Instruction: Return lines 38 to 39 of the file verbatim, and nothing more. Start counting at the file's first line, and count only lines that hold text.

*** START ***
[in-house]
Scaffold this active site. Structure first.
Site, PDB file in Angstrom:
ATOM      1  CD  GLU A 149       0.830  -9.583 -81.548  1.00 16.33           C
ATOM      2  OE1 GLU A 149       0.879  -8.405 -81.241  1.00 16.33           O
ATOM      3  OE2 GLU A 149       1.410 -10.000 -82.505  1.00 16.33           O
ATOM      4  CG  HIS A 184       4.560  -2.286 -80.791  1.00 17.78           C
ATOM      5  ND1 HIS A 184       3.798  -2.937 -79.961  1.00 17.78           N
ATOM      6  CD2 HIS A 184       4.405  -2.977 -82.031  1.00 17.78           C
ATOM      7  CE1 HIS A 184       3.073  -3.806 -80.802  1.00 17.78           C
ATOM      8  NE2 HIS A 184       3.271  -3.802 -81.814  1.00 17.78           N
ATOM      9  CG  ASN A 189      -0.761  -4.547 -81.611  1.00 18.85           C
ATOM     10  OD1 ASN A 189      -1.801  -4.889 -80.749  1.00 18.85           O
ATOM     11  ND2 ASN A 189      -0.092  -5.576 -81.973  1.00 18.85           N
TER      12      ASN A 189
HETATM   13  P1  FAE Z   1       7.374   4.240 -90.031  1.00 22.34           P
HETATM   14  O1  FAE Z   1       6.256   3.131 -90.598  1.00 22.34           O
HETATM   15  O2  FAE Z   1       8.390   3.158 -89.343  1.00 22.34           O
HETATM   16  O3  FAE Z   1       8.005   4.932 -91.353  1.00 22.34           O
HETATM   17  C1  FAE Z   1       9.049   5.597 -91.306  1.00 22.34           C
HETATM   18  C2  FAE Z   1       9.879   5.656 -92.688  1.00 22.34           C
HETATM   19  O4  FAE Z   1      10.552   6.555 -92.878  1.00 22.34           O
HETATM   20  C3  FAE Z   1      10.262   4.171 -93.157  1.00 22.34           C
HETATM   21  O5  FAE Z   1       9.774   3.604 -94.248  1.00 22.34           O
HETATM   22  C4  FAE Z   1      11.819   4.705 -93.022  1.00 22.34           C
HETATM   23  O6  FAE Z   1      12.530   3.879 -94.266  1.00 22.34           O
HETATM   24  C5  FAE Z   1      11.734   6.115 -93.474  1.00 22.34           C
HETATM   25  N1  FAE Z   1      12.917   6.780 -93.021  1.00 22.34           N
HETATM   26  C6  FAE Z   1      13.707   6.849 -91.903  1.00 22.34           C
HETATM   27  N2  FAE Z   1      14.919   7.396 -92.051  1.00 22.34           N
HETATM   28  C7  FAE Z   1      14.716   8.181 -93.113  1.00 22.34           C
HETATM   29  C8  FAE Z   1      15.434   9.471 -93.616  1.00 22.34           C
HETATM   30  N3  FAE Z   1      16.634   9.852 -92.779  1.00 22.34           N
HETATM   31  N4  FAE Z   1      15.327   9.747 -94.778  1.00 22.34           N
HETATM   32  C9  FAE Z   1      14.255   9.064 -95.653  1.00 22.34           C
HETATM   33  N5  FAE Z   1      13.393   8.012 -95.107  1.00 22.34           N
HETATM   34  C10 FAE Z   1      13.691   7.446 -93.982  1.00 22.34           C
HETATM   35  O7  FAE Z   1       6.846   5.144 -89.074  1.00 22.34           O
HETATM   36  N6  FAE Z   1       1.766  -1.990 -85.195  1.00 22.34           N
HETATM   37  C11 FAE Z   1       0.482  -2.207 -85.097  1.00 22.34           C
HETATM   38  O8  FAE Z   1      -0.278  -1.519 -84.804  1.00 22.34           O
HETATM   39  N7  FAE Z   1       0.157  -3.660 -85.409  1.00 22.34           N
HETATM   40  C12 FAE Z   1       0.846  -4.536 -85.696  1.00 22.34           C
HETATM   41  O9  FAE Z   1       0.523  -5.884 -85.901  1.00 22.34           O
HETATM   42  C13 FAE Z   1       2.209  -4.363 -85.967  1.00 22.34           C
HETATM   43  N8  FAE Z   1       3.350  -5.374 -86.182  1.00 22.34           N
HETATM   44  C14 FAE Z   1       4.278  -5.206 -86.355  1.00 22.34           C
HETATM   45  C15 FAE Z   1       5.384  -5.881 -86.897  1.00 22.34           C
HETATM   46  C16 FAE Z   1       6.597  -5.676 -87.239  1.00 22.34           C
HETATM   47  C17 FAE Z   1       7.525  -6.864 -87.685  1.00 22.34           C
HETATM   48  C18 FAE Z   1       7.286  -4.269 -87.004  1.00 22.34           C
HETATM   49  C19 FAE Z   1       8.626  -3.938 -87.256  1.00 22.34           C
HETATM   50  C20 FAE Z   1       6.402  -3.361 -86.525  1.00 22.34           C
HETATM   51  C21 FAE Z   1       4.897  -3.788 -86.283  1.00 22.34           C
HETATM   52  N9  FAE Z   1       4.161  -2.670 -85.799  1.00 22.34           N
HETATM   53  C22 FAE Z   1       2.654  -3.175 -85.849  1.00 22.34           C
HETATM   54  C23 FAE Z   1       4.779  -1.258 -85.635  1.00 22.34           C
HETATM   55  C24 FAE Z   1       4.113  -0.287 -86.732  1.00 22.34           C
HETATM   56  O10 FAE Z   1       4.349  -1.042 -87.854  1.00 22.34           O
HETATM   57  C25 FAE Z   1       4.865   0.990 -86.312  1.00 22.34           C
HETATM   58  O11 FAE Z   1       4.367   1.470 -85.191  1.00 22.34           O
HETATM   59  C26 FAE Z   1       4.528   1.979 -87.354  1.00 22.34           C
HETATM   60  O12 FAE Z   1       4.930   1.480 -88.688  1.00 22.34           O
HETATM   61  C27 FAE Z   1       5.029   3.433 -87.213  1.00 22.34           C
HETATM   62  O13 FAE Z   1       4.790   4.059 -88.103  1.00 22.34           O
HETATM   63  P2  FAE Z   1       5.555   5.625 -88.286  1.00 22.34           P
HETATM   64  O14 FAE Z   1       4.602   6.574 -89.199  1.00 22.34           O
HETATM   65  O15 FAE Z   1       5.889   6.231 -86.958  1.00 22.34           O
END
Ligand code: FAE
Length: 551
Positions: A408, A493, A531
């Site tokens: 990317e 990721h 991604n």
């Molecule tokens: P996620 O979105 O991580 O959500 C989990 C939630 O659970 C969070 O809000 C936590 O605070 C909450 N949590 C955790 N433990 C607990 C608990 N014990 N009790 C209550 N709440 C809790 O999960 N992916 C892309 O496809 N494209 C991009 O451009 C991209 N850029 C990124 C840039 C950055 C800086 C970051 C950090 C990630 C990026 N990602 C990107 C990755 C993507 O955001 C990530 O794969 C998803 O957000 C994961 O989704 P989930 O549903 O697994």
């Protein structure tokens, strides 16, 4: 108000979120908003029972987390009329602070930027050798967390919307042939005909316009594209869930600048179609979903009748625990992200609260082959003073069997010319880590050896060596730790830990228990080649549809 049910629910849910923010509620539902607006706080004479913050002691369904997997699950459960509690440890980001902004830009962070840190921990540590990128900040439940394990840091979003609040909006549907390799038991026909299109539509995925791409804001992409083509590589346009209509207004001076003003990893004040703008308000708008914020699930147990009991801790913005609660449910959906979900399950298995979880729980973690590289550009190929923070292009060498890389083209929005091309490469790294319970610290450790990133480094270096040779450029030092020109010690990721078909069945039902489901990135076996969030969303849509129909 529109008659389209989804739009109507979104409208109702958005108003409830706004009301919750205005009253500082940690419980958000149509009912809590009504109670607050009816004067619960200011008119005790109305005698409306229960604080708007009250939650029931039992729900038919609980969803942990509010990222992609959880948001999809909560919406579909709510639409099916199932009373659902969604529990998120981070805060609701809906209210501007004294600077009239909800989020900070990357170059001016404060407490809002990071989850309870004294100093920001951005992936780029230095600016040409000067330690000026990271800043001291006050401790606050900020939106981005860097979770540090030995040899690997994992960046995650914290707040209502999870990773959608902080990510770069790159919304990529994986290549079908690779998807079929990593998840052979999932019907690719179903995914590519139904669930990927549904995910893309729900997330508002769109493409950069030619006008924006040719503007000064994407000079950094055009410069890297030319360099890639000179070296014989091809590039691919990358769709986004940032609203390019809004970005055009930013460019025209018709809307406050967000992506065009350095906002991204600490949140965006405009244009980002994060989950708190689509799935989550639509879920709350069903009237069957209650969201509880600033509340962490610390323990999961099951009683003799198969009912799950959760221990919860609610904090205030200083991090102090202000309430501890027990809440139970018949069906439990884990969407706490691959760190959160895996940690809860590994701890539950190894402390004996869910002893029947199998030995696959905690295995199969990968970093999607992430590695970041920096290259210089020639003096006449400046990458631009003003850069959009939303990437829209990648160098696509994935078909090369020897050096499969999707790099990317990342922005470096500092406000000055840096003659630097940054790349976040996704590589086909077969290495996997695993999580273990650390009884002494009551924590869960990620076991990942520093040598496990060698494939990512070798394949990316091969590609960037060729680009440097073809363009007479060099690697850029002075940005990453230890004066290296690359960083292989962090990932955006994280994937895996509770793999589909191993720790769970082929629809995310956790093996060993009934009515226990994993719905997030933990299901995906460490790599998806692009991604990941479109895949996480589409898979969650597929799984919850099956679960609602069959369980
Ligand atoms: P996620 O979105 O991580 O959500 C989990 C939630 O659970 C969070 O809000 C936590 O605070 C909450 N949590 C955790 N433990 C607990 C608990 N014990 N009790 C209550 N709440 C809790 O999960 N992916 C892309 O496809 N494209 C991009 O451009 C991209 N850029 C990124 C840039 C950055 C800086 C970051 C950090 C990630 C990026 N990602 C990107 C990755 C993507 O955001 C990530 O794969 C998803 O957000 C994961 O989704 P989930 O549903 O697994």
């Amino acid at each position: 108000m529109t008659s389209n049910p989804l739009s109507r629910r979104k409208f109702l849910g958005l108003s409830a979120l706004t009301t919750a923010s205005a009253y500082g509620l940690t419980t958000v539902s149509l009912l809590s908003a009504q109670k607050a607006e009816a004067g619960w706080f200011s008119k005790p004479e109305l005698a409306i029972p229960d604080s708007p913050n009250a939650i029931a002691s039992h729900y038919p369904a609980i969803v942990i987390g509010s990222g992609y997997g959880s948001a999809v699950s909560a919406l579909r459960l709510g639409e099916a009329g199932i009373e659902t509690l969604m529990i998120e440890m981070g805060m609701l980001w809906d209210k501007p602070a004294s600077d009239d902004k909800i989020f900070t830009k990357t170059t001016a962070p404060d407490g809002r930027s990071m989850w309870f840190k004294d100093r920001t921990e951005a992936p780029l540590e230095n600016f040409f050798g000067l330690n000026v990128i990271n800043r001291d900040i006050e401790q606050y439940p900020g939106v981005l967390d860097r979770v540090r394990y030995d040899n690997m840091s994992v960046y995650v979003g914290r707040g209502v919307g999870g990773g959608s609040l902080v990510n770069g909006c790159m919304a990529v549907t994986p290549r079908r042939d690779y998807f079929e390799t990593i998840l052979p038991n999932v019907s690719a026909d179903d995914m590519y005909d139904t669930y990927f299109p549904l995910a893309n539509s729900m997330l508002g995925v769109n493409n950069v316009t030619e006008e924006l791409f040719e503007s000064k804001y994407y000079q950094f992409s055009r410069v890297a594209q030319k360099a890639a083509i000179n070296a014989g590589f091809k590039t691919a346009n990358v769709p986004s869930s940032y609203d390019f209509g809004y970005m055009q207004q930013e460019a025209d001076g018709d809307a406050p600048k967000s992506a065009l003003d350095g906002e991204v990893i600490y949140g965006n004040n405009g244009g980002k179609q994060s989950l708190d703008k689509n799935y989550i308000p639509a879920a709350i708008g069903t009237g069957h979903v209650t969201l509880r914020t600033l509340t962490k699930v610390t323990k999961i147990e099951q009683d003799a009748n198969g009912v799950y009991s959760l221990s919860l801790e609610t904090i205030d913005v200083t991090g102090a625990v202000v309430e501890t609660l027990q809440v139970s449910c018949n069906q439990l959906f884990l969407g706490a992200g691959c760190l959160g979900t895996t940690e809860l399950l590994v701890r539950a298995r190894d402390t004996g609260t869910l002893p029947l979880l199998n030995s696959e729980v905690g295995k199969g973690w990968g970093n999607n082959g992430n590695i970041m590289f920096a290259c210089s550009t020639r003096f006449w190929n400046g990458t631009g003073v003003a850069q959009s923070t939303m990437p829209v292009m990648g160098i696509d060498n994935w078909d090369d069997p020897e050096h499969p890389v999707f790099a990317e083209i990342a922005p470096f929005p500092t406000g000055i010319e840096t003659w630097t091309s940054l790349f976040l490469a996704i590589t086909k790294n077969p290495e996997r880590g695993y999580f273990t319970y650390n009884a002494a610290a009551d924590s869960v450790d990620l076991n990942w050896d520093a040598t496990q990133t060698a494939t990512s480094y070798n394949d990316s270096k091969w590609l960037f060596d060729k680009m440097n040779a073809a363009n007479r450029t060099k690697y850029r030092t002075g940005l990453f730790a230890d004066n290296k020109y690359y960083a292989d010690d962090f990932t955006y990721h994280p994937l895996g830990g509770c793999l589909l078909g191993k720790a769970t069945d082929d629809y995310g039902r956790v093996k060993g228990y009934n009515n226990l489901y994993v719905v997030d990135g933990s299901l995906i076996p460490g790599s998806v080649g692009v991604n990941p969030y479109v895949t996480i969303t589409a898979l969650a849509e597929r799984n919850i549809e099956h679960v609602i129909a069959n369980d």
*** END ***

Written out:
HETATM   35  O7  FAE Z   1       6.846   5.144 -89.074  1.00 22.34           O
HETATM   36  N6  FAE Z   1       1.766  -1.990 -85.195  1.00 22.34           N